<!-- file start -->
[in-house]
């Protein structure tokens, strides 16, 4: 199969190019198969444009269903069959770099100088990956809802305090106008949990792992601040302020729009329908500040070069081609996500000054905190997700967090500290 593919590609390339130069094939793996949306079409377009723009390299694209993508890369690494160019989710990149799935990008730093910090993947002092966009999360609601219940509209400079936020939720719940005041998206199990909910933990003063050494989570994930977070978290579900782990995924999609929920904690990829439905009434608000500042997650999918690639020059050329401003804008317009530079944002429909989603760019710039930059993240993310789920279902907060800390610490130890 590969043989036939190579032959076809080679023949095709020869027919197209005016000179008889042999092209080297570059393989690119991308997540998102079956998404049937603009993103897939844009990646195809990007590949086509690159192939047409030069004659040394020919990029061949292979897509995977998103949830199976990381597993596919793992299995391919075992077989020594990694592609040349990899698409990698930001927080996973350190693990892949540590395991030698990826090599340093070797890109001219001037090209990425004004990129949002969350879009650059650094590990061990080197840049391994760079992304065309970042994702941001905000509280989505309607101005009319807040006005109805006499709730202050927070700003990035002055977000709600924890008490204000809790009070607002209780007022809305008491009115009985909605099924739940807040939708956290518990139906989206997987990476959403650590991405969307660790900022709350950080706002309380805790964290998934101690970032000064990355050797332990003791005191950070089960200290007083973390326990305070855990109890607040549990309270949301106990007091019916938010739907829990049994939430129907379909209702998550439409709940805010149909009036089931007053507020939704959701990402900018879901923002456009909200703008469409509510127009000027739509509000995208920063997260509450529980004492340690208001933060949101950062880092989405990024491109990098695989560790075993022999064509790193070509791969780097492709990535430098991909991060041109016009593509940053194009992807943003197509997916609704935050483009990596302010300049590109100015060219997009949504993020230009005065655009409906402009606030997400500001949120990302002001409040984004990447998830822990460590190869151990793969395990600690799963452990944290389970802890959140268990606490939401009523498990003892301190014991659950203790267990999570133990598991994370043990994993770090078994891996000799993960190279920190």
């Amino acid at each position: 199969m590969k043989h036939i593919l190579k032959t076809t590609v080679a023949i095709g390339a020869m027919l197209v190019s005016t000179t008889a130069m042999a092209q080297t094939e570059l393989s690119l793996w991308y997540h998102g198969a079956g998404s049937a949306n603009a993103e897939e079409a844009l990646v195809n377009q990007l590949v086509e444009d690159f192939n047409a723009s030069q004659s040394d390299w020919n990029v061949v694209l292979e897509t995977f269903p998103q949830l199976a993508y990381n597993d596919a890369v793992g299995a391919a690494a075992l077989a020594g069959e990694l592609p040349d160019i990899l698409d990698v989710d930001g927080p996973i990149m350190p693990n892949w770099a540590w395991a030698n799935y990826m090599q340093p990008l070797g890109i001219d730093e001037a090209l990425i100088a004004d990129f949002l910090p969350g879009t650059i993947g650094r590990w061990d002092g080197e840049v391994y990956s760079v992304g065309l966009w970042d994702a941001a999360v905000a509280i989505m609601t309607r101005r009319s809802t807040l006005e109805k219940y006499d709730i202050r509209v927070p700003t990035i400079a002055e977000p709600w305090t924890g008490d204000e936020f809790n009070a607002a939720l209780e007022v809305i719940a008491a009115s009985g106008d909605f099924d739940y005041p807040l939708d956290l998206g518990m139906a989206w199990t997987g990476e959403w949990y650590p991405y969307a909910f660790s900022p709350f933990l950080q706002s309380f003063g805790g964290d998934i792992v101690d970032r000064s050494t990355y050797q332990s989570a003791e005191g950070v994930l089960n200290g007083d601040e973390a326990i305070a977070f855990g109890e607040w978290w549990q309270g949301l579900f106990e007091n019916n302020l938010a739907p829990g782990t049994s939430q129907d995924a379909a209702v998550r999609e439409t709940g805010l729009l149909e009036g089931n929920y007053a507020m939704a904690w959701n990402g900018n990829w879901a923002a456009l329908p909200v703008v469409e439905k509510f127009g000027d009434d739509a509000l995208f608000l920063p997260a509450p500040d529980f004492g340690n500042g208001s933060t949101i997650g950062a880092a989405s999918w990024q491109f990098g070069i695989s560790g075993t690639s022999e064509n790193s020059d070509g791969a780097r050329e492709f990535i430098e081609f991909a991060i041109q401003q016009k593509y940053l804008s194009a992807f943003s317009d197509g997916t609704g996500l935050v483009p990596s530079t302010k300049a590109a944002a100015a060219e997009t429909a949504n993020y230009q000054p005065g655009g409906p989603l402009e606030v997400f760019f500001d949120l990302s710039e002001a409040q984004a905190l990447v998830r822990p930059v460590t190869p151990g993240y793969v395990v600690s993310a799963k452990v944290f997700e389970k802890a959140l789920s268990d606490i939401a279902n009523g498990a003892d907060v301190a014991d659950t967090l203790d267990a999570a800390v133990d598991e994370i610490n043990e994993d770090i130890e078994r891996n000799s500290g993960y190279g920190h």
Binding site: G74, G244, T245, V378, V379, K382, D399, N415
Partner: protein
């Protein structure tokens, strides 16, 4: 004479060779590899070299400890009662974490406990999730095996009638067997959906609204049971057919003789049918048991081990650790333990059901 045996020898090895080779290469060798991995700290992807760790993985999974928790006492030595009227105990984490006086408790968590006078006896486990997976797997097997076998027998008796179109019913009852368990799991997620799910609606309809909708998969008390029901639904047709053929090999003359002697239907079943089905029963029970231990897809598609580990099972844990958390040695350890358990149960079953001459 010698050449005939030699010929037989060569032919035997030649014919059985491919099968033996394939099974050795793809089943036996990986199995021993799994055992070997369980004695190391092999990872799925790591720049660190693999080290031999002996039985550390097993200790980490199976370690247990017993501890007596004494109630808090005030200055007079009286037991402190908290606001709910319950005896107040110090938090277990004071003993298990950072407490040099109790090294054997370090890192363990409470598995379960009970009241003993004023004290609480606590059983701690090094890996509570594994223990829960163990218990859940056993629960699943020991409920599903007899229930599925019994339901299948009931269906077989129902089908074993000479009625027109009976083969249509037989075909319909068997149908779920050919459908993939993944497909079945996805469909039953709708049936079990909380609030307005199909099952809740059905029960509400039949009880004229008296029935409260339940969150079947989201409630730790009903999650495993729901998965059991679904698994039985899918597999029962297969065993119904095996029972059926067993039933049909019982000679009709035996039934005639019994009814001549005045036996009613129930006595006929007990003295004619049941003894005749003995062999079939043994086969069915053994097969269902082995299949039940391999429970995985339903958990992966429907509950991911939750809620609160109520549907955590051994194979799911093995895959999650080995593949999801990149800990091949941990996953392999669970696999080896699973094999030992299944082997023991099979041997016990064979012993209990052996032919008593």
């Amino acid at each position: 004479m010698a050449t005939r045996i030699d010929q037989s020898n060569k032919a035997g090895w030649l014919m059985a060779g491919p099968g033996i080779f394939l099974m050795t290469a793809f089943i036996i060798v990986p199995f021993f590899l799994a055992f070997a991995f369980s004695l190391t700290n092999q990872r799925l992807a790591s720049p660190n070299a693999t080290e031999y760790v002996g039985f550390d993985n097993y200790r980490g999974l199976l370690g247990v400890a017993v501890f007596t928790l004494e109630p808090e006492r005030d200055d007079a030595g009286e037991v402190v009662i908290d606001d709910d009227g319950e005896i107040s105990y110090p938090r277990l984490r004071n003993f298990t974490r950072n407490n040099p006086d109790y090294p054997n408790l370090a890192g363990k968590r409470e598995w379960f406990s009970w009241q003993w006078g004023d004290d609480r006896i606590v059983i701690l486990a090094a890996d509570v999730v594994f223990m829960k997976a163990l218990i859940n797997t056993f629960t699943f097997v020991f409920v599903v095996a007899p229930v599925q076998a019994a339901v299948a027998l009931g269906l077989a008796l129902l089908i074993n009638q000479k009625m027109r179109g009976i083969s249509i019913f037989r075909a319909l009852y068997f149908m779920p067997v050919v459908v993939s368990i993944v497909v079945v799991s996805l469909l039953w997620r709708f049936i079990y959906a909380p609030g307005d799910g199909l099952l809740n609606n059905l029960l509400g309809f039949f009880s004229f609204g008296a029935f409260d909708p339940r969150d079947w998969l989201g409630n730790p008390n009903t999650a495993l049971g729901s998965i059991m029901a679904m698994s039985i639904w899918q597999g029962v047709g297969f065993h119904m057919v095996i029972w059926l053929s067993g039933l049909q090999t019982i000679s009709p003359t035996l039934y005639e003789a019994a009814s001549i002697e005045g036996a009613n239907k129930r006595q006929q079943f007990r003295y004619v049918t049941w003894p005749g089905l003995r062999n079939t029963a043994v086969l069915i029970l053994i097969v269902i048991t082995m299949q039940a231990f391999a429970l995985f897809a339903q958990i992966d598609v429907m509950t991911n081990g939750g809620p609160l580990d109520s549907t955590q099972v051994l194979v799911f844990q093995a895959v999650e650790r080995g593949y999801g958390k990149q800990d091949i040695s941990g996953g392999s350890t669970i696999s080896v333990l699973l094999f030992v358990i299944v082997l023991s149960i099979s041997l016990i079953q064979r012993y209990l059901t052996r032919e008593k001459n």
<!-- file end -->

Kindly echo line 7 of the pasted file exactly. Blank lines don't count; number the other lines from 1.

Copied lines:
């Amino acid at each position: 004479m010698a050449t005939r045996i030699d010929q037989s020898n060569k032919a035997g090895w030649l014919m059985a060779g491919p099968g033996i080779f394939l099974m050795t290469a793809f089943i036996i060798v990986p199995f021993f590899l799994a055992f070997a991995f369980s004695l190391t700290n092999q990872r799925l992807a790591s720049p660190n070299a693999t080290e031999y760790v002996g039985f550390d993985n097993y200790r980490g999974l199976l370690g247990v400890a017993v501890f007596t928790l004494e109630p808090e006492r005030d200055d007079a030595g009286e037991v402190v009662i908290d606001d709910d009227g319950e005896i107040s105990y110090p938090r277990l984490r004071n003993f298990t974490r950072n407490n040099p006086d109790y090294p054997n408790l370090a890192g363990k968590r409470e598995w379960f406990s009970w009241q003993w006078g004023d004290d609480r006896i606590v059983i701690l486990a090094a890996d509570v999730v594994f223990m829960k997976a163990l218990i859940n797997t056993f629960t699943f097997v020991f409920v599903v095996a007899p229930v599925q076998a019994a339901v299948a027998l009931g269906l077989a008796l129902l089908i074993n009638q000479k009625m027109r179109g009976i083969s249509i019913f037989r075909a319909l009852y068997f149908m779920p067997v050919v459908v993939s368990i993944v497909v079945v799991s996805l469909l039953w997620r709708f049936i079990y959906a909380p609030g307005d799910g199909l099952l809740n609606n059905l029960l509400g309809f039949f009880s004229f609204g008296a029935f409260d909708p339940r969150d079947w998969l989201g409630n730790p008390n009903t999650a495993l049971g729901s998965i059991m029901a679904m698994s039985i639904w899918q597999g029962v047709g297969f065993h119904m057919v095996i029972w059926l053929s067993g039933l049909q090999t019982i000679s009709p003359t035996l039934y005639e003789a019994a009814s001549i002697e005045g036996a009613n239907k129930r006595q006929q079943f007990r003295y004619v049918t049941w003894p005749g089905l003995r062999n079939t029963a043994v086969l069915i029970l053994i097969v269902i048991t082995m299949q039940a231990f391999a429970l995985f897809a339903q958990i992966d598609v429907m509950t991911n081990g939750g809620p609160l580990d109520s549907t955590q099972v051994l194979v799911f844990q093995a895959v999650e650790r080995g593949y999801g958390k990149q800990d091949i040695s941990g996953g392999s350890t669970i696999s080896v333990l699973l094999f030992v358990i299944v082997l023991s149960i099979s041997l016990i079953q064979r012993y209990l059901t052996r032919e008593k001459n």